Sri Lanka’s Flood Survivors Threatened by Dengue, Disease – Aid Workers

Outbreaks of diseases such as dengue fever and cholera, and illnesses like diarrhea and dysentery, are often a threat in the aftermath of floods due to water-logging, writes Nita Bhalla for the Thomson Reuters Foundation.

Mahieash Johnney / Sri Lanka Red Cross Society / IFRC
Sri Lanka Red Cross volunteers engaging in the distribution of non food relief items once again in the district of Kalutara.

NEW DELHI, May 29 (Thomson Reuters Foundation) – Thousands of survivors of devastating floods and landslides in Sri Lanka are at risk of potentially fatal diseases such as dengue fever, charities warned on Monday as the death toll from the disaster continued to rise.

Torrential rains over the last four days have sparked widespread flooding and triggered landslides in southwestern parts of the Indian Ocean island. At least 177 people have died and almost half a million others have had their lives disrupted.

As search and rescue teams look for more than 100 people who remain missing, and Sri Lanka’s military in boats and helicopters struggle to reach marooned villagers with food and clean water, charities are warning of a looming health threat.

“The threat of water-borne diseases is a big concern with over 100,000 people displaced from their homes, many of whom are staying in damp, crowded conditions,” Chris McIvor, head of Save the Children Sri Lanka, told the Thomson Reuters Foundation.

“I’m particularly worried we could start seeing even more dengue cases because of the floods, as stagnant water provides the perfect breeding ground for mosquitoes. It’s the last thing needed by communities that have already lost so much.”

Outbreaks of diseases such as dengue fever and cholera, and illnesses like diarrhea and dysentery, are often a threat in the aftermath of floods due to water-logging, say experts.

Dengue is common in South Asia, especially during the monsoon season which runs from June to September, and if untreated, it can kill.

Sri Lanka’s ministry of disaster management says almost 558,000 people from 15 of the country’s 25 districts have been hit by the disaster. Villages and towns have been inundated, thousands of homes damaged and agriculture land swamped.

Around 75,000 people in the worst-affected districts have been relocated to temporary shelters.

The Sri Lanka authorities have called for international assistance to help with search and rescue efforts, and have also appealed for aid ranging from boats, generators and mobile toilets to mosquito nets, clothes and clean drinking water.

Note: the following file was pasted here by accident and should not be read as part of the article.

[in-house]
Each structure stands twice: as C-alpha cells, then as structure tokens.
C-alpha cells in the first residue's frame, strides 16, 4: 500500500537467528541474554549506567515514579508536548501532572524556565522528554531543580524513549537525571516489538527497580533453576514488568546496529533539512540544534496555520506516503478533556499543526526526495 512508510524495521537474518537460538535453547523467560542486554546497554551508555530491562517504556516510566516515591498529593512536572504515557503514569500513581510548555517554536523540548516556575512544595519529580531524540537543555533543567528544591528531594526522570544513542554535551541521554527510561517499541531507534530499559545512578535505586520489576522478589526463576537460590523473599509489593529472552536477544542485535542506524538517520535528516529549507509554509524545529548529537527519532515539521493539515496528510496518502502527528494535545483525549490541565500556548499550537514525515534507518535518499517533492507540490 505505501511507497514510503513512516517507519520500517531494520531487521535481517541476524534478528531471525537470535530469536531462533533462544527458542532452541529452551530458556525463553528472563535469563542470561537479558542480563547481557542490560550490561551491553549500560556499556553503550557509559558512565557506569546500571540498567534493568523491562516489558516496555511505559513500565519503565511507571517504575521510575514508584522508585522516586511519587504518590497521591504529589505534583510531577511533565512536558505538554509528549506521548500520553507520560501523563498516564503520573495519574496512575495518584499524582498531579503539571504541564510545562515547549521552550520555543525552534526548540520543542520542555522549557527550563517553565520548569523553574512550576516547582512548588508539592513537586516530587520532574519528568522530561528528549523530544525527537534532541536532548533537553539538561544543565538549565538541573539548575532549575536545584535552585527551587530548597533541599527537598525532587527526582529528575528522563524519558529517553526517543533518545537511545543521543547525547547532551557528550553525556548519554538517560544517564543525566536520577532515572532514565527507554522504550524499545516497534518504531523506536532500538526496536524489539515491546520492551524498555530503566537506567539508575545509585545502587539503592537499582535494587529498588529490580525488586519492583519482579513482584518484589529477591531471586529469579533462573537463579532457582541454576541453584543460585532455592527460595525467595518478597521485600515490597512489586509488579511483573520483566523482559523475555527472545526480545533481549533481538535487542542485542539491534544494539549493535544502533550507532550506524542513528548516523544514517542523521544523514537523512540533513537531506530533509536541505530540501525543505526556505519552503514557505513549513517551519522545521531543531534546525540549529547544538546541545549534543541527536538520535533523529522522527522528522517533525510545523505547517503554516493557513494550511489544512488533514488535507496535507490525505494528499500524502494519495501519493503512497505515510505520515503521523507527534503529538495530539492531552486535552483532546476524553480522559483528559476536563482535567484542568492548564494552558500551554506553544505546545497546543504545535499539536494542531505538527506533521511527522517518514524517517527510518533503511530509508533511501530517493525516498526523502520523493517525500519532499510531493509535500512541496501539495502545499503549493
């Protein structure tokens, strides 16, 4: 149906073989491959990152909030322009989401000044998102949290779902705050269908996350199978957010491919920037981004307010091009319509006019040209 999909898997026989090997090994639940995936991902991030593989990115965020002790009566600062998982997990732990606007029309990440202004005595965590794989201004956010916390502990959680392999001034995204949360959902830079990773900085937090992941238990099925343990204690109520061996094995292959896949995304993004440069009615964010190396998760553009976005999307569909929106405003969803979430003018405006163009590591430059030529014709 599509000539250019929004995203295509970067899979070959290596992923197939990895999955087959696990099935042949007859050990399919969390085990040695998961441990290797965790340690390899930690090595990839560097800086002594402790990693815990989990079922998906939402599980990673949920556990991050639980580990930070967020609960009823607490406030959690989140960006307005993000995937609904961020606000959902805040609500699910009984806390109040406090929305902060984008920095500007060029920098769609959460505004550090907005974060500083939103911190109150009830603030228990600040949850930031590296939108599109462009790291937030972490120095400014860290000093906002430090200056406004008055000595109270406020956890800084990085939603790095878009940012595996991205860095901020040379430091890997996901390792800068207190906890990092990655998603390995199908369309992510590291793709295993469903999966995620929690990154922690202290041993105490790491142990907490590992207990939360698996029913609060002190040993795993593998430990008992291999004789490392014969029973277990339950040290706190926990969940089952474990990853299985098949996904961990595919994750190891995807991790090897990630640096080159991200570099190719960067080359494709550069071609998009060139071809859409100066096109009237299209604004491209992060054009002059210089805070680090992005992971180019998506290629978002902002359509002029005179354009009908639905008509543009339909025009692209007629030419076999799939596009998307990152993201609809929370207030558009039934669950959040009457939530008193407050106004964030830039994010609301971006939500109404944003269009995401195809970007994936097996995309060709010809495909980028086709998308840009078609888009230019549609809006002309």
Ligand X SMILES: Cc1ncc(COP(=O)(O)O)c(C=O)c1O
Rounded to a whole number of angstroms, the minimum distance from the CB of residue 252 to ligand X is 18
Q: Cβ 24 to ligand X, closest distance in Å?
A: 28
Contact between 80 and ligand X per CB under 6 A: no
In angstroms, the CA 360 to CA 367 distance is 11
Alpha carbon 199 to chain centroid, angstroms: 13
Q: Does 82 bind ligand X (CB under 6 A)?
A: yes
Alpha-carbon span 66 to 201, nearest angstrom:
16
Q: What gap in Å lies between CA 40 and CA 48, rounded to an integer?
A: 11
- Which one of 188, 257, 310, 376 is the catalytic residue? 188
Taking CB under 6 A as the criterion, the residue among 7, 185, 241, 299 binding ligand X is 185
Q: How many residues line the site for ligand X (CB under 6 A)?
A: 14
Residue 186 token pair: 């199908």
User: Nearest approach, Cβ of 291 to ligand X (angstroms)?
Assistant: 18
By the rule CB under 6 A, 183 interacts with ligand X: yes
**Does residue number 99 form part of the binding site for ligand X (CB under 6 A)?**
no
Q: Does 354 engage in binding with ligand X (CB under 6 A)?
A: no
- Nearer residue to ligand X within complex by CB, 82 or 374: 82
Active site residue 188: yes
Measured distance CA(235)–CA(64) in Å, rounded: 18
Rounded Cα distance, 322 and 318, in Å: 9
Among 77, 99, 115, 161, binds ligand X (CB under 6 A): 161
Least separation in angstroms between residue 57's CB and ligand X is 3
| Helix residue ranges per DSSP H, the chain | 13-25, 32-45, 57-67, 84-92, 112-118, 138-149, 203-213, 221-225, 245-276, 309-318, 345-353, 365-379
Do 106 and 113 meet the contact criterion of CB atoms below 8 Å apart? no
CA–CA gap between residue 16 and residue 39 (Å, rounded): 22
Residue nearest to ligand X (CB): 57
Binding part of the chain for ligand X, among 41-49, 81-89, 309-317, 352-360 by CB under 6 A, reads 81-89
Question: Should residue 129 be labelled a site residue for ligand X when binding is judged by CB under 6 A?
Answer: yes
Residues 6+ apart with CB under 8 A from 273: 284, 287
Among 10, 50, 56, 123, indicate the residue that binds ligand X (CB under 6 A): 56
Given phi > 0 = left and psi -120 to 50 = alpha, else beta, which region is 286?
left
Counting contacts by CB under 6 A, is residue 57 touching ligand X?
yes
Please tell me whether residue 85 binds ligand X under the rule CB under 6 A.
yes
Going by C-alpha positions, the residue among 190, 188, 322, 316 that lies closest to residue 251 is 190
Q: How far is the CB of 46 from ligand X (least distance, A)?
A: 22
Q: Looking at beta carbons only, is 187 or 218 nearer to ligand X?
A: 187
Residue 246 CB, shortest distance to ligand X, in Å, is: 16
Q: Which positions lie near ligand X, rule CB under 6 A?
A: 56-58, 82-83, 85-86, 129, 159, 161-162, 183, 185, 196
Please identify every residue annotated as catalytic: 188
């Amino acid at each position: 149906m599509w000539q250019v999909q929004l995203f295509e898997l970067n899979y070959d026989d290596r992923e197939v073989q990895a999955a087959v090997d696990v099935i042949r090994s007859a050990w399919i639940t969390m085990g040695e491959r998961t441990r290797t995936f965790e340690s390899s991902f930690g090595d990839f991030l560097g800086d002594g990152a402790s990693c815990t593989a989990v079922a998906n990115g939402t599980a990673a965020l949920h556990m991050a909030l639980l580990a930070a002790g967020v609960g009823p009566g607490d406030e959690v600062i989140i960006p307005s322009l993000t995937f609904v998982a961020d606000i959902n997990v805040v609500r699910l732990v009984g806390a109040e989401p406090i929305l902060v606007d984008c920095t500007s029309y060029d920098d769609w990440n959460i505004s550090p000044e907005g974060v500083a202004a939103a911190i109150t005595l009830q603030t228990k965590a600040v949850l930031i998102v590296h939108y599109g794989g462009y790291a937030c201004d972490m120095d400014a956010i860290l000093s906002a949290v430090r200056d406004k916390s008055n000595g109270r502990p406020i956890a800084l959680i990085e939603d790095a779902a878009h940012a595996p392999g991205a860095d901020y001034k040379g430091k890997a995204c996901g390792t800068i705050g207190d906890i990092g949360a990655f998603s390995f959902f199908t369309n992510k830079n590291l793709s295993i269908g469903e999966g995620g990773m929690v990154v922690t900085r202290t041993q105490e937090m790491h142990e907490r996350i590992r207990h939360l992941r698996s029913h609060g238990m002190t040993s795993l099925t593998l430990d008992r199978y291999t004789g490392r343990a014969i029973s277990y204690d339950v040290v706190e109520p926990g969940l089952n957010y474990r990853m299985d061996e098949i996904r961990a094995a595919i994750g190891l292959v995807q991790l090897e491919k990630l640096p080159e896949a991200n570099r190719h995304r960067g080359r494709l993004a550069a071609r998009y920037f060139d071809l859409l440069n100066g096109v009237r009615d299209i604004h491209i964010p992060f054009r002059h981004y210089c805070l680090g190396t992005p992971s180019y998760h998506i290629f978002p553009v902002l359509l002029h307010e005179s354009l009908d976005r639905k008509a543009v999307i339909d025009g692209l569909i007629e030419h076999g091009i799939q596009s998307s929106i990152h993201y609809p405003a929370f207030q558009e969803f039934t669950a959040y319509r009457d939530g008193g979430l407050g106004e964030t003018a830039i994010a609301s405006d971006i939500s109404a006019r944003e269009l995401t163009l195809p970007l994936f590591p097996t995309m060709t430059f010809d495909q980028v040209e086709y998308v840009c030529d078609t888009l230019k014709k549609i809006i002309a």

But aid workers say reaching survivors remains a challenge. Entire communities remain marooned, living out in the open as their homes have been destroyed, with roads submerged under water or blocked by landslides.

“Getting in to these communities is of the highest priority right now so we can find out exactly what the needs are and respond,” said McIvor.

“At the same time more rains are predicted since we are only at the start of the south west monsoon season, so the situation could worsen even more over the coming days and weeks.”

Reporting by Nita Bhalla, editing by Belinda Goldsmith for the Thomson Reuters Foundation, the charitable arm of Thomson Reuters.

Flood Summary

Last updated: June 7, 2017
Event
Sri Lanka, May to June 2017
Date
May 24, 2017
Type
Landslide, River flood
Cause
Extreme rainfall

Locations

A - Rathnapura
B - Elapatha
C - Pelmadulla
D - Yakkalamulla
E - Moneragala
F - Kalutara
G - Trincomalee
H - Hambantota
I - Galle
J - Gampaha
K - Batticaloa
L - Vavuniya
M - Mullaitivu
N - Matara
O - Matale
P - Kandy

Magnitude

River level
6.29 metres
Kalu Ganga at Ratnapura - May 25 to May 25, 2017
alert level is 5.2 metres
River level
4.83 metres
Kalu Ganga at Milakanda - May 25 to May 25, 2017
alert level is 3.5
River level
4.1 metres
Gin Ganga at Baddegama - May 25 to May 25, 2017
Alert level is 3.5
River level
3.96 metres
Nilwala Ganga at Pitabeddara - May 25 to May 25, 2017
Alert level is 3 m
River level
6.78 metres
Nilwala Ganga at Panadugama - May 25 to May 25, 2017
Alert level is 5 m
Rainfall level
133.1 mm in 24 hours
Ratnapura - May 24 to May 25, 2017
All rainfall figures from WMO
Rainfall level
162.9 mm in 24 hours
Galle - May 24 to May 25, 2017
Rainfall level
50.3 mm in 24 hours
Anuradhapura - May 24 to May 25, 2017
Rainfall level
64 mm in 24 hours
Maha Illuppallama - May 24 to May 25, 2017
Rainfall level
84.2 mm in 24 hours
Vavuniya - May 24 to May 25, 2017
Rainfall level
70 mm in 24 hours
Ratmalana - May 24 to May 25, 2017
Rainfall level
76 mm in 24 hours
Colombo - May 24 to May 25, 2017
Rainfall level
383.7 mm in 24 hours
Ratnapura - May 25 to May 26, 2017
Rainfall level
304 mm in 24 hours
Diyatalawa - May 25 to May 26, 2017
Rainfall level
79.9 mm in 24 hours
Hambantota - May 25 to May 26, 2017
Rainfall level
50.5 mm in 24 hours
Galle - May 25 to May 26, 2017
Rainfall level
51.1 mm in 24 hours
Nuwara Eliya - May 25 to May 26, 2017

Damages

Fatalities
212 people
May 25 to June 5, 2017
Buildings destroyed
2,313
May 25 to June 5, 2017
12,529 houses damaged
Evacuated
101,638
May 25 to May 28, 2017
24,603 families in 319 displacement camps / safe locations. As of 31 May this figure had fallen to approximately 73,561 people belonging to 19,019 families located at 354 safe locations. By 05 June the figure stood at 24,962 people in 226 displacement camps.
Injured
131 people
May 25 to June 5, 2017
Missing people
79 people
May 25 to June 5, 2017